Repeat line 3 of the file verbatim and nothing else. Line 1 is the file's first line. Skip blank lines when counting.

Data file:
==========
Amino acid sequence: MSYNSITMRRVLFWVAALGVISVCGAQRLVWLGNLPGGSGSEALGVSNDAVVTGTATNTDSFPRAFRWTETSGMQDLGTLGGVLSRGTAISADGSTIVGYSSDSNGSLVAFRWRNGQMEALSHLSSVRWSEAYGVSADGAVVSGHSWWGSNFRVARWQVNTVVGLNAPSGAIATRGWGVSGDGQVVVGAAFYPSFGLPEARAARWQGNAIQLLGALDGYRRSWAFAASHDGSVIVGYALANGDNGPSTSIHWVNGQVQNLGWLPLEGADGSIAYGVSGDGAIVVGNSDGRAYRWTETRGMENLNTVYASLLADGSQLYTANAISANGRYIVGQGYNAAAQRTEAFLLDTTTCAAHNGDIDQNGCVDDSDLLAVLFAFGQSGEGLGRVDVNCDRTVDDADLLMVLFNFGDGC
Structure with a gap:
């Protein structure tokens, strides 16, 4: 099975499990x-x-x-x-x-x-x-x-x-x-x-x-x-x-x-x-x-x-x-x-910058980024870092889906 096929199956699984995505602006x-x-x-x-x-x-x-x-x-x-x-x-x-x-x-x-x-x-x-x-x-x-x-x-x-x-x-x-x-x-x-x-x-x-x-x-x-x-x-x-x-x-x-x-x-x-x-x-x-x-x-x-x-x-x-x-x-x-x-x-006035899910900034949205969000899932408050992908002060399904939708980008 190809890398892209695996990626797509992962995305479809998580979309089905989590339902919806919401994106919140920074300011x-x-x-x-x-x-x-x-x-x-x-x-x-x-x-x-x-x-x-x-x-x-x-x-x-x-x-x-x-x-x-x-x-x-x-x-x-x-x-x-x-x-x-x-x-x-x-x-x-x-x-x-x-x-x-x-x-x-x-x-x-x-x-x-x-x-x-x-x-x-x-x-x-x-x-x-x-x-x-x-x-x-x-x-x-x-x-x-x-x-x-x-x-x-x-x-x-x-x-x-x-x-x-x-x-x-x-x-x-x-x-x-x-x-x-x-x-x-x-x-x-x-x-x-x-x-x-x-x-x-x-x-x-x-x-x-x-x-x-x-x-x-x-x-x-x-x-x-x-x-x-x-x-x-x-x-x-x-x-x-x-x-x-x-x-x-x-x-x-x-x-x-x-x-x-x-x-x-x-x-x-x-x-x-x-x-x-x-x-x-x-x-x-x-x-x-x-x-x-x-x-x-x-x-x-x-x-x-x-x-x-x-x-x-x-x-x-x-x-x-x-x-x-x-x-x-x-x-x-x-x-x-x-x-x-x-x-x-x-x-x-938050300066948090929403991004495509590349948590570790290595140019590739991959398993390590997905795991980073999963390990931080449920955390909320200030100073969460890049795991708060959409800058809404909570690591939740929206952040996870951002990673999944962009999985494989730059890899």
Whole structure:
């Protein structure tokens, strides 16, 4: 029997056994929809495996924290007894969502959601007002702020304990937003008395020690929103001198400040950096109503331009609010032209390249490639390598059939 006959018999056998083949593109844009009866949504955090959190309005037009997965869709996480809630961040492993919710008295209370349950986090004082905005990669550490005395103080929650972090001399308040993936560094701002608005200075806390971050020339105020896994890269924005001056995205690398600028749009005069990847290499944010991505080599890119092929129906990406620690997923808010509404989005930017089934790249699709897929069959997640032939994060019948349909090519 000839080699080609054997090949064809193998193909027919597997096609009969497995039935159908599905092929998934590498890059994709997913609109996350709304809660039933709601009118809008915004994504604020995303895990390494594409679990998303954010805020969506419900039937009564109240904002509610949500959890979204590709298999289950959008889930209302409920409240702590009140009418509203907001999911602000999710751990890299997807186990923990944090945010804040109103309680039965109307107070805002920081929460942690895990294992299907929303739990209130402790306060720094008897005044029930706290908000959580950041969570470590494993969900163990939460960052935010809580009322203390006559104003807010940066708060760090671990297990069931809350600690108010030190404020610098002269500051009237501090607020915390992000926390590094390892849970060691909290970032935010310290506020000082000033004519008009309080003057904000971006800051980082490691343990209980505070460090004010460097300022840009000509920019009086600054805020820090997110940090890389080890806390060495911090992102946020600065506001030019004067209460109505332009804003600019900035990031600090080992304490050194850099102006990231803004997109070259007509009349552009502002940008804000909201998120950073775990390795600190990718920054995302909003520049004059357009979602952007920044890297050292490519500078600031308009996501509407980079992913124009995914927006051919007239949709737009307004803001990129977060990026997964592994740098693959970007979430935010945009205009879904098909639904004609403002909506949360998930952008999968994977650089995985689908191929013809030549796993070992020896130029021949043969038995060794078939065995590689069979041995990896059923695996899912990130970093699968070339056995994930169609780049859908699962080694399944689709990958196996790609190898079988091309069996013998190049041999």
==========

């Protein structure tokens, strides 16, 4: 099975499990x-x-x-x-x-x-x-x-x-x-x-x-x-x-x-x-x-x-x-x-910058980024870092889906 096929199956699984995505602006x-x-x-x-x-x-x-x-x-x-x-x-x-x-x-x-x-x-x-x-x-x-x-x-x-x-x-x-x-x-x-x-x-x-x-x-x-x-x-x-x-x-x-x-x-x-x-x-x-x-x-x-x-x-x-x-x-x-x-x-006035899910900034949205969000899932408050992908002060399904939708980008 190809890398892209695996990626797509992962995305479809998580979309089905989590339902919806919401994106919140920074300011x-x-x-x-x-x-x-x-x-x-x-x-x-x-x-x-x-x-x-x-x-x-x-x-x-x-x-x-x-x-x-x-x-x-x-x-x-x-x-x-x-x-x-x-x-x-x-x-x-x-x-x-x-x-x-x-x-x-x-x-x-x-x-x-x-x-x-x-x-x-x-x-x-x-x-x-x-x-x-x-x-x-x-x-x-x-x-x-x-x-x-x-x-x-x-x-x-x-x-x-x-x-x-x-x-x-x-x-x-x-x-x-x-x-x-x-x-x-x-x-x-x-x-x-x-x-x-x-x-x-x-x-x-x-x-x-x-x-x-x-x-x-x-x-x-x-x-x-x-x-x-x-x-x-x-x-x-x-x-x-x-x-x-x-x-x-x-x-x-x-x-x-x-x-x-x-x-x-x-x-x-x-x-x-x-x-x-x-x-x-x-x-x-x-x-x-x-x-x-x-x-x-x-x-x-x-x-x-x-x-x-x-x-x-x-x-x-x-x-x-x-x-x-x-x-x-x-x-x-x-x-x-x-x-x-x-x-x-x-x-x-938050300066948090929403991004495509590349948590570790290595140019590739991959398993390590997905795991980073999963390990931080449920955390909320200030100073969460890049795991708060959409800058809404909570690591939740929206952040996870951002990673999944962009999985494989730059890899």